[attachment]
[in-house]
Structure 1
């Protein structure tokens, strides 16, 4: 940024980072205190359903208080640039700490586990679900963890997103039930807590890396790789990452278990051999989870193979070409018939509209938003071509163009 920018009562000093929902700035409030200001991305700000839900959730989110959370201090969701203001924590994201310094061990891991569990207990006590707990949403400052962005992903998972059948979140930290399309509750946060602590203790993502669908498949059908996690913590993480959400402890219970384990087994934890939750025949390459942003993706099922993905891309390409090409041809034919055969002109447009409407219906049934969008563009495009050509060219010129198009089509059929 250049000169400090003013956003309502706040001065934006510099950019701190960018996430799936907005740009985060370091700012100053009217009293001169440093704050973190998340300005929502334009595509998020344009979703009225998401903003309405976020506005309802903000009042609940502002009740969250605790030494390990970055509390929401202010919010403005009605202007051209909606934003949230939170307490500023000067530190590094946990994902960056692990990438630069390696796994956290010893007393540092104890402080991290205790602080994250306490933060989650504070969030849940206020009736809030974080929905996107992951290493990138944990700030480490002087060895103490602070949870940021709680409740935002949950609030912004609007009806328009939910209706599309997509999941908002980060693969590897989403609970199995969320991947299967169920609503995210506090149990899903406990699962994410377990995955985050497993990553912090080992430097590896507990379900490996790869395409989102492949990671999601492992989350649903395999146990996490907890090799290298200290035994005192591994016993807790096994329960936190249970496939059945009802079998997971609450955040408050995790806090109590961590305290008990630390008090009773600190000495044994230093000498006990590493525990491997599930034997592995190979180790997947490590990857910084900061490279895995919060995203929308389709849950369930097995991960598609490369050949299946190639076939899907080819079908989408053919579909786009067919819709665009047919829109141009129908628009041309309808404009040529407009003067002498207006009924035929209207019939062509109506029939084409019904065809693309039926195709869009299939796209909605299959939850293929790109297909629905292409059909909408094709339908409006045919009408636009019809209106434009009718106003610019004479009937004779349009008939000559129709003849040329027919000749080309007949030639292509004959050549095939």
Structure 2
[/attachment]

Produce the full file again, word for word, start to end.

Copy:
[in-house]
Structure 1
């Protein structure tokens, strides 16, 4: 940024980072205190359903208080640039700490586990679900963890997103039930807590890396790789990452278990051999989870193979070409018939509209938003071509163009 920018009562000093929902700035409030200001991305700000839900959730989110959370201090969701203001924590994201310094061990891991569990207990006590707990949403400052962005992903998972059948979140930290399309509750946060602590203790993502669908498949059908996690913590993480959400402890219970384990087994934890939750025949390459942003993706099922993905891309390409090409041809034919055969002109447009409407219906049934969008563009495009050509060219010129198009089509059929 250049000169400090003013956003309502706040001065934006510099950019701190960018996430799936907005740009985060370091700012100053009217009293001169440093704050973190998340300005929502334009595509998020344009979703009225998401903003309405976020506005309802903000009042609940502002009740969250605790030494390990970055509390929401202010919010403005009605202007051209909606934003949230939170307490500023000067530190590094946990994902960056692990990438630069390696796994956290010893007393540092104890402080991290205790602080994250306490933060989650504070969030849940206020009736809030974080929905996107992951290493990138944990700030480490002087060895103490602070949870940021709680409740935002949950609030912004609007009806328009939910209706599309997509999941908002980060693969590897989403609970199995969320991947299967169920609503995210506090149990899903406990699962994410377990995955985050497993990553912090080992430097590896507990379900490996790869395409989102492949990671999601492992989350649903395999146990996490907890090799290298200290035994005192591994016993807790096994329960936190249970496939059945009802079998997971609450955040408050995790806090109590961590305290008990630390008090009773600190000495044994230093000498006990590493525990491997599930034997592995190979180790997947490590990857910084900061490279895995919060995203929308389709849950369930097995991960598609490369050949299946190639076939899907080819079908989408053919579909786009067919819709665009047919829109141009129908628009041309309808404009040529407009003067002498207006009924035929209207019939062509109506029939084409019904065809693309039926195709869009299939796209909605299959939850293929790109297909629905292409059909909408094709339908409006045919009408636009019809209106434009009718106003610019004479009937004779349009008939000559129709003849040329027919000749080309007949030639292509004959050549095939």
Structure 2